With all prep sports seasons in West Virginia currently on hold due to the coronavirus, athletes and coaches around the Kanawha Valley find themselves in a tricky situation.
Extracurricular activities at all state high schools are off until at least April 10, and Superintendent of Schools Clayton Burch is set evaluate the situation during the week of April 6.
Of course, players want to remain in good physical shape and keep their skills sharp while their seasons are in limbo, but with schools closed and their athletic facilities off limits, just finding a place to work out or someone to do it with can be problematic.
“We can’t practice,’’ said Poca boys basketball coach Allen Osborne, “and my principal said they can’t be in the gym. We’re just going to wait and see what comes down the road.’’
The Dots still haven’t played their Class AA Region 4 co-final home game against Logan, with the winner advancing to the state tournament. All Class AA regionals were called off last Thursday, but state tournament teams have already been decided in both Class AAA and A.
Sophomore Isaac McKneely, Poca’s leading scorer, hopes to remain active however he can.
“I can’t just stay home and sit around,’’ McKneely said. “I’ve got to keep playing. I went to the [Tri-County] YMCA [Saturday] and got some runs in. So I guess I’ll just keep doing that. Stay in shape in case it happens we can play.’’
George Washington junior Mason Pinkett, like McKneely, plans on playing as much as he can during the interim. The Patriots are hoping to meet Wheeling Park in the state tournament quarterfinals if the season resumes.
“Just staying in the gym,’’ Pinkett said. “Just going wherever we can get any type of run in. We’ve found some places to go and play.’’
Charleston Catholic junior Aiden Satterfield, whose team has qualified for the Class A state tournament, said Irish players had been meeting on their own on Sundays even before the moratorium hit.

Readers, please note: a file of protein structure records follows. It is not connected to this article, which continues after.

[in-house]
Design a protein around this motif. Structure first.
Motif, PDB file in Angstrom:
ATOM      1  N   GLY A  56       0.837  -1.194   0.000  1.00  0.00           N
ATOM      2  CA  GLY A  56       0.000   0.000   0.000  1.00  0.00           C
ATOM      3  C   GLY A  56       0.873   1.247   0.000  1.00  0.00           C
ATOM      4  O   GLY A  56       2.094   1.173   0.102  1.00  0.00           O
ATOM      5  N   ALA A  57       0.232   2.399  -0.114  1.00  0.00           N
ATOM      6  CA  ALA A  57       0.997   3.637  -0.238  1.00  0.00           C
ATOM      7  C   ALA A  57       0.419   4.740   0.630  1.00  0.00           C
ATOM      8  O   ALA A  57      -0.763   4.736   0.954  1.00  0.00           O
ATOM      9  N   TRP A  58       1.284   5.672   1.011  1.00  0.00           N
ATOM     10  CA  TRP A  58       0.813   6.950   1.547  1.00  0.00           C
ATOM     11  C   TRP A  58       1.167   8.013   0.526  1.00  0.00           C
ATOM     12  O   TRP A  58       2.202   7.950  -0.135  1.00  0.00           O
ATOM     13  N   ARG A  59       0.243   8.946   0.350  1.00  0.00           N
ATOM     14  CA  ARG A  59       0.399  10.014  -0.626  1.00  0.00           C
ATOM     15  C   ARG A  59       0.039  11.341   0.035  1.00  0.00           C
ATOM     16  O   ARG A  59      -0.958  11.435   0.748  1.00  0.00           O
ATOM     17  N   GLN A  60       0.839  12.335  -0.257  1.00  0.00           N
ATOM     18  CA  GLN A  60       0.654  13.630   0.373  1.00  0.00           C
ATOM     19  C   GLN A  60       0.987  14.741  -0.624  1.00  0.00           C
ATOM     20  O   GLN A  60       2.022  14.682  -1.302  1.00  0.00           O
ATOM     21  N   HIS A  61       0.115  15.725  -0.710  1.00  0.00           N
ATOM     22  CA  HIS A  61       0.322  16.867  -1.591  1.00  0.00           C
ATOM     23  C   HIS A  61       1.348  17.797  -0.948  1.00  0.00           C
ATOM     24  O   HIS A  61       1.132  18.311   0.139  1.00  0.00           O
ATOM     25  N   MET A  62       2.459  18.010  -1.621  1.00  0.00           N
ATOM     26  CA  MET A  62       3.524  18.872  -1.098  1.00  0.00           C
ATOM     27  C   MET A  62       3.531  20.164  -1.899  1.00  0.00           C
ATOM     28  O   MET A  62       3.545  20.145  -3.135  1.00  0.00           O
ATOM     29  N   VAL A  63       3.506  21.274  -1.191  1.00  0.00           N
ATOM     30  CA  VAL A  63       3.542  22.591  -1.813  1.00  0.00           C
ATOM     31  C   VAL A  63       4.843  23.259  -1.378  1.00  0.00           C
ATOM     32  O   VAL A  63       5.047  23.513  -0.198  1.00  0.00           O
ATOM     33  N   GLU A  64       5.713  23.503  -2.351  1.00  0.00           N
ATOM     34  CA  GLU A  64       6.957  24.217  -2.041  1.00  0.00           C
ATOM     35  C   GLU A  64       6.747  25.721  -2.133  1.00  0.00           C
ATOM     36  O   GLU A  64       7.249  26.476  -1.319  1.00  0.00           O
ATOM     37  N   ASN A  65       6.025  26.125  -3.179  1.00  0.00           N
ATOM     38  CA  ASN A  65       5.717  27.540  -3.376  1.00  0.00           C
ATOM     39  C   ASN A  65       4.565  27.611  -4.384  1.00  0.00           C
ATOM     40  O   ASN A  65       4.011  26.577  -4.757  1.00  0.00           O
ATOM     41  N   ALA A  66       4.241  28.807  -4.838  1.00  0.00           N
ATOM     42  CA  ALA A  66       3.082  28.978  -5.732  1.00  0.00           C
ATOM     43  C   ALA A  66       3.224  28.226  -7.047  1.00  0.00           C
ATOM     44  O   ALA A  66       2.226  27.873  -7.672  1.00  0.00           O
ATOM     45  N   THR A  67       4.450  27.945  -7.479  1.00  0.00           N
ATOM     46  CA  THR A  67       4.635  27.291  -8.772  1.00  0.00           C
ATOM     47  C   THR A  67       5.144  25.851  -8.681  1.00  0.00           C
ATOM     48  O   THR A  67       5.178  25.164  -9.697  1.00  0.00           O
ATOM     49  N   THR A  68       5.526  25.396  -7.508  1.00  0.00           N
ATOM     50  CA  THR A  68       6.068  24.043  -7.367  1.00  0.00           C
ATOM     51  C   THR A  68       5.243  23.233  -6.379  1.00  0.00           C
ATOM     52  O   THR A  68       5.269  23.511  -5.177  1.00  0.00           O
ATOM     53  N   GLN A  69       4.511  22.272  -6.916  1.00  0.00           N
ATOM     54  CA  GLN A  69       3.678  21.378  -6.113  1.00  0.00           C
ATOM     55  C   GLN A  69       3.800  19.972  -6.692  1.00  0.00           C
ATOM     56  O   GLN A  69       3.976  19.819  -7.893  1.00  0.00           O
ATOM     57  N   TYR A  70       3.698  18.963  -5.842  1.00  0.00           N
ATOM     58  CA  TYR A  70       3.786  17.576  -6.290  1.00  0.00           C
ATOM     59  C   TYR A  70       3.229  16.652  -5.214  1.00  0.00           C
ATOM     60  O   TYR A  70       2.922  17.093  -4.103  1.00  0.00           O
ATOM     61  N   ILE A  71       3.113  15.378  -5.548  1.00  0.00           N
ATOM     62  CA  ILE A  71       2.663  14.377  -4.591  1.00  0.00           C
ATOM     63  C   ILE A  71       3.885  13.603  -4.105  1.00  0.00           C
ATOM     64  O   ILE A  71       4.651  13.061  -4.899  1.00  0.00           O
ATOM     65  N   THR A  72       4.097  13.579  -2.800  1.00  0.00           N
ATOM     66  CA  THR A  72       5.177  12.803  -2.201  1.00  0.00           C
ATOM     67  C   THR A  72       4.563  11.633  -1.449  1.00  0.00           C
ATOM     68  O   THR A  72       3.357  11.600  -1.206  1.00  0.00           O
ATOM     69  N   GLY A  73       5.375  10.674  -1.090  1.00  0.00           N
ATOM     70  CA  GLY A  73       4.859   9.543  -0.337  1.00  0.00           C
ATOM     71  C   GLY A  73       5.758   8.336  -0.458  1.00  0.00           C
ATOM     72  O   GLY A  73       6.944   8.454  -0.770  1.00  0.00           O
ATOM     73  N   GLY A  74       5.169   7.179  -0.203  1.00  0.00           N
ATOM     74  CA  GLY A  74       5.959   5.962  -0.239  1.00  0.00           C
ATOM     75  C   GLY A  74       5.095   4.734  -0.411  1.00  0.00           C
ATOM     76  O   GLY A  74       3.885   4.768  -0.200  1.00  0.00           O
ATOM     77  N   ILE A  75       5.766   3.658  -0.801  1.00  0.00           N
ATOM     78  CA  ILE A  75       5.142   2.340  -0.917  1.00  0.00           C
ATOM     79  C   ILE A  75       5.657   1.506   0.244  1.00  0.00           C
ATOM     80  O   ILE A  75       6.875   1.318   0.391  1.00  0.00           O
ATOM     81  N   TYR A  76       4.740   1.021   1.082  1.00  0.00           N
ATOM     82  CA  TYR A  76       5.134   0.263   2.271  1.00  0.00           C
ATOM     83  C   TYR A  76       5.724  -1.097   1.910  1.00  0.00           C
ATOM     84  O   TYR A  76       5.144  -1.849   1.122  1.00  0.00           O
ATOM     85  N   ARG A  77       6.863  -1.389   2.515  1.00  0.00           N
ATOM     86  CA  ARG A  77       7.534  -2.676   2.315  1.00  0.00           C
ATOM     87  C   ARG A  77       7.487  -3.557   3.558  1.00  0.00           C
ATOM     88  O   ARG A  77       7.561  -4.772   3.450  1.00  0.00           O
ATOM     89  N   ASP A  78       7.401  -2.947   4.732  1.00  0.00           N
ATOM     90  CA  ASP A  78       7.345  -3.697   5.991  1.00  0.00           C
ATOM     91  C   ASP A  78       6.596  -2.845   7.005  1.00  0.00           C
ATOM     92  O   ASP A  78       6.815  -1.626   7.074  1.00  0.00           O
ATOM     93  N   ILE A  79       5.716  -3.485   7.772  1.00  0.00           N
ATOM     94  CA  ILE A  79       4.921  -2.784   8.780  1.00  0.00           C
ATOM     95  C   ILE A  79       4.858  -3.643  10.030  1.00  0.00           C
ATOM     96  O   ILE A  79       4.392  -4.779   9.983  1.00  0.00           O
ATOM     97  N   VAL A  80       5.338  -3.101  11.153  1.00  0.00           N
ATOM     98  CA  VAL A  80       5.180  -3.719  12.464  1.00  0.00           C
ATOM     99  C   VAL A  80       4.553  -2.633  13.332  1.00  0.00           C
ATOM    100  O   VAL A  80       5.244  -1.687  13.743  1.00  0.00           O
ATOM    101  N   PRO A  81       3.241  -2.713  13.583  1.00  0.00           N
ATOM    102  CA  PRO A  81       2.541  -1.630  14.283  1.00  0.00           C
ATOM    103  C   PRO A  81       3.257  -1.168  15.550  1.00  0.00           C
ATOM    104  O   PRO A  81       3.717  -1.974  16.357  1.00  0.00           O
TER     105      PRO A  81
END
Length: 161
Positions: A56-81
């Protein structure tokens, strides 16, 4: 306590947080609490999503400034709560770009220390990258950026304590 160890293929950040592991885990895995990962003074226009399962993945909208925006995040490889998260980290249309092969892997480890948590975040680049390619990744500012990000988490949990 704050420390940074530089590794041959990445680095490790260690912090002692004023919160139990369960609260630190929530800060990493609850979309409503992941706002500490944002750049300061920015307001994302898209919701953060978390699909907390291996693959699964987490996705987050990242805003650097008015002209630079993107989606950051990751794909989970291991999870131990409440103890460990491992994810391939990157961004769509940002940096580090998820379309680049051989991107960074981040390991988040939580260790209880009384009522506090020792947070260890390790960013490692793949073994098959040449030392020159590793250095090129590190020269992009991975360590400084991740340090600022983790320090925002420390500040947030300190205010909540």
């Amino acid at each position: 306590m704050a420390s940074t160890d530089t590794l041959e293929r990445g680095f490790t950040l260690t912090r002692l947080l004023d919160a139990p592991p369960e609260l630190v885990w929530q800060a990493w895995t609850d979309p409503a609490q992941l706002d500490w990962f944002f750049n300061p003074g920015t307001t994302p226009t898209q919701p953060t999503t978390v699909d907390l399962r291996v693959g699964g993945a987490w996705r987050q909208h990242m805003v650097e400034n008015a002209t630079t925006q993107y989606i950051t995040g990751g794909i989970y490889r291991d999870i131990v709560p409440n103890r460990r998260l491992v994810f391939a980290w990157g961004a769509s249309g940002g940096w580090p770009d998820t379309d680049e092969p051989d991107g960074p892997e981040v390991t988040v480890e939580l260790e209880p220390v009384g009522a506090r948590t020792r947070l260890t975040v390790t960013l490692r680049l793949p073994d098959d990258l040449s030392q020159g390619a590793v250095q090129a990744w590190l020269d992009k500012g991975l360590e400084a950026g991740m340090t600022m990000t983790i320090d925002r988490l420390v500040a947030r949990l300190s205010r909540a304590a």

“One good thing is that a lot of guys on the team were already lifting on Sundays,’’ he said, “so a lot of us, we try to find a gym to get runs in. We’re just trying to keep our wind up, in case we play again.’’
Austin Dearing, a senior at Hurricane, saw his basketball season end several weeks ago, but he’d already gotten in seven practices with the Redskins baseball team when word came down last week about statewide prep sports being suspended.
“We met up with coach [Brian Sutphin] on Friday,’’ Dearing said, “and he told us the news that we really couldn’t do anything. It’s kind of hard to do anything because they took our key to the building.
“So there’s nothing organized. We’ve told the guys to do individual stuff, work out, keep in shape. We haven’t really figured out anything [beyond that], but we’ll rent a place and do some stuff. Just what, we don’t know yet.’’
Osborne, who has been coaching at Poca for 40 years, admits that his team’s current situation is “uncharted territory’’ for everyone.
“That’s the hard part,’’ Osborne said. “We don’t know what to do, to be honest with you. I don’t have any answers. If they knew we were going to have a tournament, they could say, ‘We’re going to have it on such-and-such date,’ and we could make plans. But right now, we just don’t know.
“I hope we can get in some preparation time, because it would be unfair to the kids if you can’t prepare your team. They’re going to lose some conditioning there, no doubt about that. You hurt for the kids because they’ve worked so hard, starting before the season with lifting and running and conditioning.’’